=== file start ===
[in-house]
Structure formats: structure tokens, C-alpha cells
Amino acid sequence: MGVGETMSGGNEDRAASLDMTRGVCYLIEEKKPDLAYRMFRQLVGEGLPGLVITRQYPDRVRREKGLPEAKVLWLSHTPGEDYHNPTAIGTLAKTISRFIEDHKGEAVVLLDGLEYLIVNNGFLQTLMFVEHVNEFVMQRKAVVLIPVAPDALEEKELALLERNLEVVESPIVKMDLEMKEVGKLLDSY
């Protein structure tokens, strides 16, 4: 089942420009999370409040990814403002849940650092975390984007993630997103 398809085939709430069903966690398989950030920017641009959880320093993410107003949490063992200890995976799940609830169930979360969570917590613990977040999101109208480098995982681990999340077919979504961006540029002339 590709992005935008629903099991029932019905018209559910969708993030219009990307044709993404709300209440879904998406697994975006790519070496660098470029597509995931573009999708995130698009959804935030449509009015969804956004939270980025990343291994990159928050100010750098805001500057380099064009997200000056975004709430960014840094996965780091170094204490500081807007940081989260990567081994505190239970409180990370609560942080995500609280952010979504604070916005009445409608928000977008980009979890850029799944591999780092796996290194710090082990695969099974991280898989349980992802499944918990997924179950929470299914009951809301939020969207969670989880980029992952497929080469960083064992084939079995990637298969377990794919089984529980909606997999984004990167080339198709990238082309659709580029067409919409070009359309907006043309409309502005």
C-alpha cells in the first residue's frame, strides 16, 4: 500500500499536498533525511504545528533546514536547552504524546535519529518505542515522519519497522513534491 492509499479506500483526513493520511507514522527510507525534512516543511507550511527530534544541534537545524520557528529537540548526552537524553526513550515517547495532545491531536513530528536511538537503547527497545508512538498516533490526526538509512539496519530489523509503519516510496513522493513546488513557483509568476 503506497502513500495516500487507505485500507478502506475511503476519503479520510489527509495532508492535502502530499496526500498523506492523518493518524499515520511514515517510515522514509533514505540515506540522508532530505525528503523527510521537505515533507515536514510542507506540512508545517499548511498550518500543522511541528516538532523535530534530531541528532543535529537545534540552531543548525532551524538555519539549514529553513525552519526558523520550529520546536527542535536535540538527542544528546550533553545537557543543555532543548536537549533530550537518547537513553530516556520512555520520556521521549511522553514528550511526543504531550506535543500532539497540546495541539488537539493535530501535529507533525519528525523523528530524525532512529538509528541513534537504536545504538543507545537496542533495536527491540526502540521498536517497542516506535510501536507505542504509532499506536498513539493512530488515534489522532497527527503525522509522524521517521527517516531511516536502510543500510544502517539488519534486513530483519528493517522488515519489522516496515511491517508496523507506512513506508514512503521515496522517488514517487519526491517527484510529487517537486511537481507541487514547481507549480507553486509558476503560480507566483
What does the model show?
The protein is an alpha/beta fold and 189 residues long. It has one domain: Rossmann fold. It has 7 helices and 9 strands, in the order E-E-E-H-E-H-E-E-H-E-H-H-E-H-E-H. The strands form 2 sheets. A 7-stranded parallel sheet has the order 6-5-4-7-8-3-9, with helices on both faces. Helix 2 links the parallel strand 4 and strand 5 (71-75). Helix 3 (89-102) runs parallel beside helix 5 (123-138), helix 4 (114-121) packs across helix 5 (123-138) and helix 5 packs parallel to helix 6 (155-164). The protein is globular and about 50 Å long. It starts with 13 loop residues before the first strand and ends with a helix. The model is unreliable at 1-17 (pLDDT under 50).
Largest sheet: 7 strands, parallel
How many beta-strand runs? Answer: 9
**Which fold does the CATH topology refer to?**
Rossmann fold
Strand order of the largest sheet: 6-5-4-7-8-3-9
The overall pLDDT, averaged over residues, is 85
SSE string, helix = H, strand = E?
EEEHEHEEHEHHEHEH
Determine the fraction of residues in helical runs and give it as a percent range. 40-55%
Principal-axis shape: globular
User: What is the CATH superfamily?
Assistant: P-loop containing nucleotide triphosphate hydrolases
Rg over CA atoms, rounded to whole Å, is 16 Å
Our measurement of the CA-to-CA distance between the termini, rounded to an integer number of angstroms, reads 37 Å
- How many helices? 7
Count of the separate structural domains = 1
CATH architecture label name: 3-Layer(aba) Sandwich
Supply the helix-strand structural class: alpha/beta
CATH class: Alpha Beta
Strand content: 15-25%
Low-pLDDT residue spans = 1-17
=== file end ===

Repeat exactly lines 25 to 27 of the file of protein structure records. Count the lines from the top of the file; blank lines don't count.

Supply the helix-strand structural class: alpha/beta
CATH class: Alpha Beta
Strand content: 15-25%